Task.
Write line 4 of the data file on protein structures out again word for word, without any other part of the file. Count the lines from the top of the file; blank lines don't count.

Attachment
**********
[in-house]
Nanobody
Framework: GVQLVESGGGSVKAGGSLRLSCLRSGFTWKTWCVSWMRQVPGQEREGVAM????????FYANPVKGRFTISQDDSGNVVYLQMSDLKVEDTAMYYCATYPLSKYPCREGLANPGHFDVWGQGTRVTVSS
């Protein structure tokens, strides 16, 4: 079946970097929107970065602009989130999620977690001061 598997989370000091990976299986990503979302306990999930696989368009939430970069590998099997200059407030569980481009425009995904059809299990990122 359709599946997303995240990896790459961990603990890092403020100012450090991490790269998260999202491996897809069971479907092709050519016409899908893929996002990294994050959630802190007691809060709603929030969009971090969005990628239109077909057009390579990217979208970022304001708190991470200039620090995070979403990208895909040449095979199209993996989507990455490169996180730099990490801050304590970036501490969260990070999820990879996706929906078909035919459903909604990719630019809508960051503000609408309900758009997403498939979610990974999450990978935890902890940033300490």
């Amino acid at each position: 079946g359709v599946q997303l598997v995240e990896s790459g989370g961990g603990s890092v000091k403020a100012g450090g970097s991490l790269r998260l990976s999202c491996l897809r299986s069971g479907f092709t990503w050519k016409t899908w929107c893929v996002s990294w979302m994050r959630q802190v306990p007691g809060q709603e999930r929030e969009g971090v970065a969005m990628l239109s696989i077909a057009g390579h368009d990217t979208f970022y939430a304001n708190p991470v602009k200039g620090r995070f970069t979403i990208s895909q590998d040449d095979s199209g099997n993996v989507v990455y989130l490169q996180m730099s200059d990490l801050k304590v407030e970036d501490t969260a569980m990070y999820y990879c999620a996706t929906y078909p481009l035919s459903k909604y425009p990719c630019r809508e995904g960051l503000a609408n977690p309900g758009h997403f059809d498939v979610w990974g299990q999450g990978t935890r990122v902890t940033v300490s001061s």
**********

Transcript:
């Protein structure tokens, strides 16, 4: 079946970097929107970065602009989130999620977690001061 598997989370000091990976299986990503979302306990999930696989368009939430970069590998099997200059407030569980481009425009995904059809299990990122 359709599946997303995240990896790459961990603990890092403020100012450090991490790269998260999202491996897809069971479907092709050519016409899908893929996002990294994050959630802190007691809060709603929030969009971090969005990628239109077909057009390579990217979208970022304001708190991470200039620090995070979403990208895909040449095979199209993996989507990455490169996180730099990490801050304590970036501490969260990070999820990879996706929906078909035919459903909604990719630019809508960051503000609408309900758009997403498939979610990974999450990978935890902890940033300490």